Marshall's Fosseway Bus 90 runs M-Sa hourly from Nottingham, taking 50 min; there's only four on Sunday.
Marshall's Bus 37 runs hourly M-Sa from Retford via Tuxford.
The 3 bus station is central, off Lombard Street.
Newark stands on the River Trent, which is navigable and non-tidal. There is mooring for visiting craft, with two marinas in town and a harbour at the nearby village of Farndon.
The town is best explored on foot. The countryside around is flat and cyclable, but the roads are busy.
Take Bus 28 / 29 for the Timekeeping Museum, Workhouse and Southwell. You can either ask for “SUH-thell” or “South-well”, both pronunciations are used locally.
Local buses run frequently to Hawtonville, Balderton and the northern industrial estates.
For long-stay visitor parking, use the two carparks by Castle railway station.
- Town centre is attractive redbrick Georgian, centred on Market Square, and well-preserved along nearby Castle Gate and Appletongate. Town Hall Museum remains closed in 2022.
- 1 Newark Castle is effectively just a municipal garden with a tall old wall along one side, so it's more use for wedding photos than for withstanding a siege. But that's intentional: Newark and many other English castles were partly demolished after 1648, not in the heat of battle, but to prevent them ever being used again by rebels. (This policy was commemorated by Gracie Fields in her song “I’m one of the old ruins that Cromwell knocked about a bit”.) The castle was partly restored in the 19th century and what's left is the west curtain wall, with a watergate onto the River Trent, and a gatehouse. It's free to access in daylight hours, and occasional tours of the towers, undercroft and dungeons are run.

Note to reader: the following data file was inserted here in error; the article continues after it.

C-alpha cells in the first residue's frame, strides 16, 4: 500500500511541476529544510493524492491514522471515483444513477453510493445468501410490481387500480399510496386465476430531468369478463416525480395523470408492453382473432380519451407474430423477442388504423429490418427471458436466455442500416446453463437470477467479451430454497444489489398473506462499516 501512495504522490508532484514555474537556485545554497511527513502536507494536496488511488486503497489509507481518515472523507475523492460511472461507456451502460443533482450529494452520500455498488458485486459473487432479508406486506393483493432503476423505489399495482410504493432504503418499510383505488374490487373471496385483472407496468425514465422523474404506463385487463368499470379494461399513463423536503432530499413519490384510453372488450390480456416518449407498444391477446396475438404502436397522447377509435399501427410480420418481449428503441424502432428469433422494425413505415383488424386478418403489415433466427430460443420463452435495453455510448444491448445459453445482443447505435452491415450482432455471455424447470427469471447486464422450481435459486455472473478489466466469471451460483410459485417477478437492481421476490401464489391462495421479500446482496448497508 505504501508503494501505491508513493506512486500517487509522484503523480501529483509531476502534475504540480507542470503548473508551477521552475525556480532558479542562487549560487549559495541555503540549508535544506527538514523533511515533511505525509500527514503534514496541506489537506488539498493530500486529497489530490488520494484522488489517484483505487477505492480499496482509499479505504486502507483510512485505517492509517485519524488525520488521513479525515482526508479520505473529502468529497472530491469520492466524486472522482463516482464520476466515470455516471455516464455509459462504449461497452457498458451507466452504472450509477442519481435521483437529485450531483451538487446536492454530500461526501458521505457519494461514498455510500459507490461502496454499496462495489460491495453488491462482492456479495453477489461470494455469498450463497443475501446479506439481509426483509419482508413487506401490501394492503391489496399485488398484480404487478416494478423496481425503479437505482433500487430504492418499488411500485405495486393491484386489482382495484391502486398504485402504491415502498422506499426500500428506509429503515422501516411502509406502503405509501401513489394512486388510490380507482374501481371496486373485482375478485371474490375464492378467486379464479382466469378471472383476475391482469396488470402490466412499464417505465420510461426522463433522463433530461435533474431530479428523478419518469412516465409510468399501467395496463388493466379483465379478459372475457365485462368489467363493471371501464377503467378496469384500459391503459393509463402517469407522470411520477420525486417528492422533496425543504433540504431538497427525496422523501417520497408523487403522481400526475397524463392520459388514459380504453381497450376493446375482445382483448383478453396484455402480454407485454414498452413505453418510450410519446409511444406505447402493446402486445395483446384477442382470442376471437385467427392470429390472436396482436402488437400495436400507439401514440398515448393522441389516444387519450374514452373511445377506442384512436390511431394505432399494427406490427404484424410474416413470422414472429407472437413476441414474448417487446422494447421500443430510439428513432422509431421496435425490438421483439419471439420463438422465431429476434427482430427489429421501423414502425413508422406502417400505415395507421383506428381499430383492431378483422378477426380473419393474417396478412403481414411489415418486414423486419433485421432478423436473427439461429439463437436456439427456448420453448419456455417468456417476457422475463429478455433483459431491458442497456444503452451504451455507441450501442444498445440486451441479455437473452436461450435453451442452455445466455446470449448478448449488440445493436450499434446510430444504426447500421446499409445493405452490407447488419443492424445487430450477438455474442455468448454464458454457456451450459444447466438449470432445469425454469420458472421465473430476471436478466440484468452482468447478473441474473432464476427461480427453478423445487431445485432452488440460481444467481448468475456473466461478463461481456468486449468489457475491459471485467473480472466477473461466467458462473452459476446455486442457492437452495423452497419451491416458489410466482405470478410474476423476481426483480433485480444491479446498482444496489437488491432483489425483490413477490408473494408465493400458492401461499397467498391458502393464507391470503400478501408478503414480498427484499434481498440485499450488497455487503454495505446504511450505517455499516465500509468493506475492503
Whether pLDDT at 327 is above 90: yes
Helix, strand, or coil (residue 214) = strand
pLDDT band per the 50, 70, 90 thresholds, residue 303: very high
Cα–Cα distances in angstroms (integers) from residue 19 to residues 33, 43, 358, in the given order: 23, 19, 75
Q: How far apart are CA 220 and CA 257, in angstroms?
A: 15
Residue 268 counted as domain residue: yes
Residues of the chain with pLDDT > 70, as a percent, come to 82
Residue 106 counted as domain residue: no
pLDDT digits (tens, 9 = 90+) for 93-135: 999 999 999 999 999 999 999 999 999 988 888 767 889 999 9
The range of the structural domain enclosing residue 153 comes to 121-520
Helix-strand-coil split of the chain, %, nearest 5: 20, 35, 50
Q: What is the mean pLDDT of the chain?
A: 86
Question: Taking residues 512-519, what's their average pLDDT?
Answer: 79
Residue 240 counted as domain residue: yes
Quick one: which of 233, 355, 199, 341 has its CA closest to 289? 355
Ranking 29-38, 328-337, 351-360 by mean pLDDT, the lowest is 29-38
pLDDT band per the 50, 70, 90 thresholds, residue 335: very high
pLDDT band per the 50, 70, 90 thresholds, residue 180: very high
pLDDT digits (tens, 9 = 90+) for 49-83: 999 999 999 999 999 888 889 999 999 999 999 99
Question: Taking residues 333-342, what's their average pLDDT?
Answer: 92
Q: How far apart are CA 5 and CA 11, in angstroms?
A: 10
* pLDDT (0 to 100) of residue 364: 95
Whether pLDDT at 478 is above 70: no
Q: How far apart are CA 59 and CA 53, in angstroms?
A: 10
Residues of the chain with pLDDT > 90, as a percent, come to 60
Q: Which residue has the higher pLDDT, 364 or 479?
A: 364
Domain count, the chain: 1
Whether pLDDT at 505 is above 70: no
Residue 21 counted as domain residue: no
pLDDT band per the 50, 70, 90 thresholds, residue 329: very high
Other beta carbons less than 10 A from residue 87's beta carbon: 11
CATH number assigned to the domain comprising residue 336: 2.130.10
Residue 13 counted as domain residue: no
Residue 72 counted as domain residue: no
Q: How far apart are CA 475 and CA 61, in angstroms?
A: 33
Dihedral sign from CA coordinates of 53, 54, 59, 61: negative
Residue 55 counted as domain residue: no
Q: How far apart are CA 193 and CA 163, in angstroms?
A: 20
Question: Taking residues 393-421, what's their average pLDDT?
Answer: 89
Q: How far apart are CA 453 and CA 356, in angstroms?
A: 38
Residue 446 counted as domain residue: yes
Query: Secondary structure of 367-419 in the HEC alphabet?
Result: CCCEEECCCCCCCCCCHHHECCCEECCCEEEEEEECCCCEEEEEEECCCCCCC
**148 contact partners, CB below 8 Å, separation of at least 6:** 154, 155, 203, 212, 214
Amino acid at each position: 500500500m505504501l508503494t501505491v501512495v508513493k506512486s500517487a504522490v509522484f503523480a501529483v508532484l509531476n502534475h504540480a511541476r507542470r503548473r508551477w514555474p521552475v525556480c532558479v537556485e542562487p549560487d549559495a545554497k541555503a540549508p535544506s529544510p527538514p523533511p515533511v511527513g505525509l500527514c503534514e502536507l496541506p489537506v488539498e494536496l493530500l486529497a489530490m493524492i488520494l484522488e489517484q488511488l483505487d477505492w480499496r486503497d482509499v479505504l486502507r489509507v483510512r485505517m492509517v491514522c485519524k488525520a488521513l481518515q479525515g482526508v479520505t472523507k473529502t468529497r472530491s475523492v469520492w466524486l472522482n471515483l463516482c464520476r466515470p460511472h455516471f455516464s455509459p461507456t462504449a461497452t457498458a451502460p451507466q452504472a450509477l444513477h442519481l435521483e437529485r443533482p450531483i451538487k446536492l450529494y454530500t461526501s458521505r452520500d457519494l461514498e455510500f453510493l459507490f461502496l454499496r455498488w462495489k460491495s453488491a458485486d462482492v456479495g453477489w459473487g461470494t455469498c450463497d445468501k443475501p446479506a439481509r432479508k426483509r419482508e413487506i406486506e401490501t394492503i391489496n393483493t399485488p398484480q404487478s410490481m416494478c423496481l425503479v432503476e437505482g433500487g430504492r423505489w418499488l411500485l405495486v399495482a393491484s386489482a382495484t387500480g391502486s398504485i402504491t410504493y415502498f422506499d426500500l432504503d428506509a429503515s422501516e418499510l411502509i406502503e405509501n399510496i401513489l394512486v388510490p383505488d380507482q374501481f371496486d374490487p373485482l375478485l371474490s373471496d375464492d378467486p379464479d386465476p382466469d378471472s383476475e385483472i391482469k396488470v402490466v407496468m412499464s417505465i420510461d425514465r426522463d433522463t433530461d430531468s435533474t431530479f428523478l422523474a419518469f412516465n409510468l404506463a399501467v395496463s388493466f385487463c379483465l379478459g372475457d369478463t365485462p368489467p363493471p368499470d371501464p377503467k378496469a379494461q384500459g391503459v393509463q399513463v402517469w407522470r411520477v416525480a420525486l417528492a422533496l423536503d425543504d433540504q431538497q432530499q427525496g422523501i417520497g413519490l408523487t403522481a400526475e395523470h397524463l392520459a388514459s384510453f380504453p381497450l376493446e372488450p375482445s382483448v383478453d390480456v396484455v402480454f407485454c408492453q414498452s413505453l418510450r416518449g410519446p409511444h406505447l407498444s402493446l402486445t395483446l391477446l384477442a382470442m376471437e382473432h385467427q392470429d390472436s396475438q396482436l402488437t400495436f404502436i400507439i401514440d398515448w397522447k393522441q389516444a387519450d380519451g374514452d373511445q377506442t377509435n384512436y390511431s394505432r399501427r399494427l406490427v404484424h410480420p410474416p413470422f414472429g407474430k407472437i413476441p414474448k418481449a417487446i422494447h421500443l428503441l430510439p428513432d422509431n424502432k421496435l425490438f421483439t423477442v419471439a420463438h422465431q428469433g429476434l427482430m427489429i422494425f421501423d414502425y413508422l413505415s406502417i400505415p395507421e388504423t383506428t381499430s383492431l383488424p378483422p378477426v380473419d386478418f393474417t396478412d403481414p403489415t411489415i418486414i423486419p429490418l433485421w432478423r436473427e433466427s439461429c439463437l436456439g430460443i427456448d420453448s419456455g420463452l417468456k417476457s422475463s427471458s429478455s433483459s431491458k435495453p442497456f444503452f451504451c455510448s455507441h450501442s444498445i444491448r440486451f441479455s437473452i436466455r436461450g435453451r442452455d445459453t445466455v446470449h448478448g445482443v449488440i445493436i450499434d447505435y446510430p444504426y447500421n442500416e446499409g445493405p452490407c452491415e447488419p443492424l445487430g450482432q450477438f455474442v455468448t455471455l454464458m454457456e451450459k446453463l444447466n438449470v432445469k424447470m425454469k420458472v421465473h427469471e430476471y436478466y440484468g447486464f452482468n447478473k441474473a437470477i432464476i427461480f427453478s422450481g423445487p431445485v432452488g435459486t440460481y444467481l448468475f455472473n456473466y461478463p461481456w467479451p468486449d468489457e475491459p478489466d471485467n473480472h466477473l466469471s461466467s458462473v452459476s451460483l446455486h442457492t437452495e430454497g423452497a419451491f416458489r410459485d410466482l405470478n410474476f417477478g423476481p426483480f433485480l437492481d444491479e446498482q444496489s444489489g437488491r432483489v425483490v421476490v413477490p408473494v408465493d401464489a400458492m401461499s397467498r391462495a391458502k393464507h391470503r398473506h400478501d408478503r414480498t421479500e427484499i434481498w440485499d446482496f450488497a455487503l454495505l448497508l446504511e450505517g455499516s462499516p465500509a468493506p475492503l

- The Governor's House is a fine timber-framed house of 1474 on Stodman Street, but it's nowadays empty, having most recetly housed a Greggs which has moved next door.
- St Mary Magdalene north on Church Walk is Anglican and the largest parish church in the country. It was begun in 1160, mostly built in the 14th / 15th century, and restored in 1855. Local legend has it that a cannonball shot during the civil war hit the spire and caused the small hole that is visible from just outside the church gardens on Mount Lane. Entry is free.
- 2 National Civil War Centre, 14 Appletongate NG24 1JY, ☏ , email@example.com. W-Sa 10:00-17:00. In the 1640s, England was convulsed by the bloodiest war ever fought on its soil, which escalated into the "War of Three Kingdoms", and replaced an absolute monarchy with a parliamentary republic. This museum looks at the national context and local impact. Long-standing exhibitions display The World Turned Upside Down and Fake News - a theme even then. They also hold the Newark Torc, a fabulous Iron Age gold alloy bracelet found locally in 2005. Adult £8, conc £7, child £4.